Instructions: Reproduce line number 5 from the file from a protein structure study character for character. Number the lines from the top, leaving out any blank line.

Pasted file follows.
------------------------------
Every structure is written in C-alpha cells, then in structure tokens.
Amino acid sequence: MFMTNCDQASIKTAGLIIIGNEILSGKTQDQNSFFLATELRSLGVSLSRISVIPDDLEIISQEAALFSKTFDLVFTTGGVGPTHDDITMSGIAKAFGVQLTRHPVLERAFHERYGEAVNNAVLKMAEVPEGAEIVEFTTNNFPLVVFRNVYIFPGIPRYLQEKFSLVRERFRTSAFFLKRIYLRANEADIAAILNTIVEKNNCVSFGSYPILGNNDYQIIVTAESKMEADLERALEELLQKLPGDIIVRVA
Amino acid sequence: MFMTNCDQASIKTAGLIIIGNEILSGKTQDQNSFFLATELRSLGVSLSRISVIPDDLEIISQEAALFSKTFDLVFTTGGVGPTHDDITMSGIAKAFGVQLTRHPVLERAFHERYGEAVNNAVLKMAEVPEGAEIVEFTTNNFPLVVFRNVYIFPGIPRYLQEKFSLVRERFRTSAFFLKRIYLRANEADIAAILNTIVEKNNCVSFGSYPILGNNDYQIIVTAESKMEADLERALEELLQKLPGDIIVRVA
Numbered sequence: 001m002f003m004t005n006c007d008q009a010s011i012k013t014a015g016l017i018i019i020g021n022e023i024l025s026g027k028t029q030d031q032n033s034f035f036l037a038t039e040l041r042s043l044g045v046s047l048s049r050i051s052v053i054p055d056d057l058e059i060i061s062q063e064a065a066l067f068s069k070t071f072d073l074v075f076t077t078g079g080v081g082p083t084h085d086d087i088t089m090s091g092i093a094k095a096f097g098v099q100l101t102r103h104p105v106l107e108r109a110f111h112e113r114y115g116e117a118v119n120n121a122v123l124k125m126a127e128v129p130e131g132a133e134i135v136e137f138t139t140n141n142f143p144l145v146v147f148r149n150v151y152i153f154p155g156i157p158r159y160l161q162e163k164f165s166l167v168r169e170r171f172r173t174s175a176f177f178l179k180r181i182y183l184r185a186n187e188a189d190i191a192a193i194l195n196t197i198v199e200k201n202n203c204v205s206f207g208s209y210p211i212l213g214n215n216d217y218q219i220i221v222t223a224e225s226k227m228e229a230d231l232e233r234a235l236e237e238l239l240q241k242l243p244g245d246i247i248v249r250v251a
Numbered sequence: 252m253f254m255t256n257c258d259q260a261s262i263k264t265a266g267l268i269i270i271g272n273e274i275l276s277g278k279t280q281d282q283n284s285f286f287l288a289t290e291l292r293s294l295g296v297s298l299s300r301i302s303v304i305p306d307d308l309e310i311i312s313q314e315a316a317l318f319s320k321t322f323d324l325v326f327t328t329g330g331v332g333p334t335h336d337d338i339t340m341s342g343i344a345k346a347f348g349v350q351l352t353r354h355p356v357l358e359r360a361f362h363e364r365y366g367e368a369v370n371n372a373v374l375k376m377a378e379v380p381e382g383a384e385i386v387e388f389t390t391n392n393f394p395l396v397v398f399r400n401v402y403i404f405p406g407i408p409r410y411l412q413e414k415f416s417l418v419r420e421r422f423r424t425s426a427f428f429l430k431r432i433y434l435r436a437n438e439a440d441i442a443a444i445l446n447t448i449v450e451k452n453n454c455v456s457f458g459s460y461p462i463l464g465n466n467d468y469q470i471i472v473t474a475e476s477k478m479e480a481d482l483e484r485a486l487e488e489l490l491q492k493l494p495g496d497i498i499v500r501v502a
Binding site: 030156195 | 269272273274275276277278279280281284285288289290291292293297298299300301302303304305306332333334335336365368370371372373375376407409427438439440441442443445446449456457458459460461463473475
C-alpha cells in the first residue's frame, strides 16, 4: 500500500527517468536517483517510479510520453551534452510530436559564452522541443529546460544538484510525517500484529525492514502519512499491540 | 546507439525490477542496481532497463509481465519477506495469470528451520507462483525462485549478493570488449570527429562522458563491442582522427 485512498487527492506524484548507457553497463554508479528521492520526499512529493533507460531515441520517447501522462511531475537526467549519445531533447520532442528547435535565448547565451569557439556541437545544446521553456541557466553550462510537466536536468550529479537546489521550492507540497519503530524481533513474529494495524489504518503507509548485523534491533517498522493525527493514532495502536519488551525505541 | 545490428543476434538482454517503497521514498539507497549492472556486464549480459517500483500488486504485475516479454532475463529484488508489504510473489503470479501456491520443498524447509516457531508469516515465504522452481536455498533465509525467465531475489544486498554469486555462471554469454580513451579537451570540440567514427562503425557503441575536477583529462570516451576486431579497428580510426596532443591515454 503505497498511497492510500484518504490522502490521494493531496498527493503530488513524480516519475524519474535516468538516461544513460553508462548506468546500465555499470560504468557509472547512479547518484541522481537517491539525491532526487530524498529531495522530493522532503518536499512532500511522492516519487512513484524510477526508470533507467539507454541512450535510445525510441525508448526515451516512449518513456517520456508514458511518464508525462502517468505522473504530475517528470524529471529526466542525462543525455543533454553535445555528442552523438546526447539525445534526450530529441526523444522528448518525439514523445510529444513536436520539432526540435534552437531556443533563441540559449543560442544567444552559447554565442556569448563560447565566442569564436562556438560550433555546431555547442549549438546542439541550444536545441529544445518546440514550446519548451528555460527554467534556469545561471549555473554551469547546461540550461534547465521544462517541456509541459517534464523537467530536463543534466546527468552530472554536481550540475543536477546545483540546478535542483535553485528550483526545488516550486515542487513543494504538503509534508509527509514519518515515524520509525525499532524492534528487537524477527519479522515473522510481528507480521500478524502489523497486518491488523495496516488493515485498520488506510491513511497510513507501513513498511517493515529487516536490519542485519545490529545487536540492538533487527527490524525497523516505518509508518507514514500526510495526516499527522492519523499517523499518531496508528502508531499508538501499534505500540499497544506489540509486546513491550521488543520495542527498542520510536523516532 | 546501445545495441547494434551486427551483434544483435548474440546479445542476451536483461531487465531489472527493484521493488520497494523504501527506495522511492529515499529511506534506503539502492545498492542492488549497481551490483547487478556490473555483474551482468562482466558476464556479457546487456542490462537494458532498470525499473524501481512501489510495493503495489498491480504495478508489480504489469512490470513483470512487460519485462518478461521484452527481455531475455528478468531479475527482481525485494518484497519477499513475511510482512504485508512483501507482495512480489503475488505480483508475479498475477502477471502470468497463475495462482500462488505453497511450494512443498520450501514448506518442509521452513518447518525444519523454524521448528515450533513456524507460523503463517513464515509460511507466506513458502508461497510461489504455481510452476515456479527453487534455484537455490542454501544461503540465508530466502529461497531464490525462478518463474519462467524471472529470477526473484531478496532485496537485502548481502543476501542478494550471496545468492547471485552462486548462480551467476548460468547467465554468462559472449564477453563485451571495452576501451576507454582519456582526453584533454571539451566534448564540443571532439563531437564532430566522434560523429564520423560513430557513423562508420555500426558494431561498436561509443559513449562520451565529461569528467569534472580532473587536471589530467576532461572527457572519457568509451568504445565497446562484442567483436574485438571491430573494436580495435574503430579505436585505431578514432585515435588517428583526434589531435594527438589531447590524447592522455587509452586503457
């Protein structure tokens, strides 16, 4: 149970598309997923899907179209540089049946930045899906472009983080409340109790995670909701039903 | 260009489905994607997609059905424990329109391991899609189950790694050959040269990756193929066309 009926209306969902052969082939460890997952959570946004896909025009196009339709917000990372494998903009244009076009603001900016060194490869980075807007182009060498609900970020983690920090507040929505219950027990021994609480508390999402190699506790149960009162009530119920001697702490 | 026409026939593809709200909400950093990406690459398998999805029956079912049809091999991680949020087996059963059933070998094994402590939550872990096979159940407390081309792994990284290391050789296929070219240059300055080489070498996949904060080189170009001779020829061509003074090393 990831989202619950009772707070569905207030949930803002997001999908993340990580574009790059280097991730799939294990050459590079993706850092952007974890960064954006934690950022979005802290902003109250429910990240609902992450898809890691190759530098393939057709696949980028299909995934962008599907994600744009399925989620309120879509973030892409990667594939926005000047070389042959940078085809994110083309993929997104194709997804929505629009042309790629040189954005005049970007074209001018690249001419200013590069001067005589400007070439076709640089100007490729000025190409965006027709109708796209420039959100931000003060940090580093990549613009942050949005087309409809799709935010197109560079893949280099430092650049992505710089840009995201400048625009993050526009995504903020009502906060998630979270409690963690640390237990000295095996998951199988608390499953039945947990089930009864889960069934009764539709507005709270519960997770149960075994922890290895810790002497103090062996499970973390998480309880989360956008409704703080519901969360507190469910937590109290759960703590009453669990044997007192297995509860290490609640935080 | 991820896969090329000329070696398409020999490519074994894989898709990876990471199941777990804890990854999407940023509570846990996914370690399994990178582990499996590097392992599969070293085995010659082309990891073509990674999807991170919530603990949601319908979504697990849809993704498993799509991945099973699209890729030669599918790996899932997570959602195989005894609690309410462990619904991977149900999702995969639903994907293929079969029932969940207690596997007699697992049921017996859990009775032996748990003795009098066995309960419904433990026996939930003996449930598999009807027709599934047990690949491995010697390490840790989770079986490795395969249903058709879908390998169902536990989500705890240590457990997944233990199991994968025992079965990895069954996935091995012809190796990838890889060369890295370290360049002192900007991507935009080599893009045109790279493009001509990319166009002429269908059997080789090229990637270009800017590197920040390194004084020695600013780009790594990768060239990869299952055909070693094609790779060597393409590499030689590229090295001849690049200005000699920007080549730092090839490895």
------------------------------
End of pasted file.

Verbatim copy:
Numbered sequence: 252m253f254m255t256n257c258d259q260a261s262i263k264t265a266g267l268i269i270i271g272n273e274i275l276s277g278k279t280q281d282q283n284s285f286f287l288a289t290e291l292r293s294l295g296v297s298l299s300r301i302s303v304i305p306d307d308l309e310i311i312s313q314e315a316a317l318f319s320k321t322f323d324l325v326f327t328t329g330g331v332g333p334t335h336d337d338i339t340m341s342g343i344a345k346a347f348g349v350q351l352t353r354h355p356v357l358e359r360a361f362h363e364r365y366g367e368a369v370n371n372a373v374l375k376m377a378e379v380p381e382g383a384e385i386v387e388f389t390t391n392n393f394p395l396v397v398f399r400n401v402y403i404f405p406g407i408p409r410y411l412q413e414k415f416s417l418v419r420e421r422f423r424t425s426a427f428f429l430k431r432i433y434l435r436a437n438e439a440d441i442a443a444i445l446n447t448i449v450e451k452n453n454c455v456s457f458g459s460y461p462i463l464g465n466n467d468y469q470i471i472v473t474a475e476s477k478m479e480a481d482l483e484r485a486l487e488e489l490l491q492k493l494p495g496d497i498i499v500r501v502a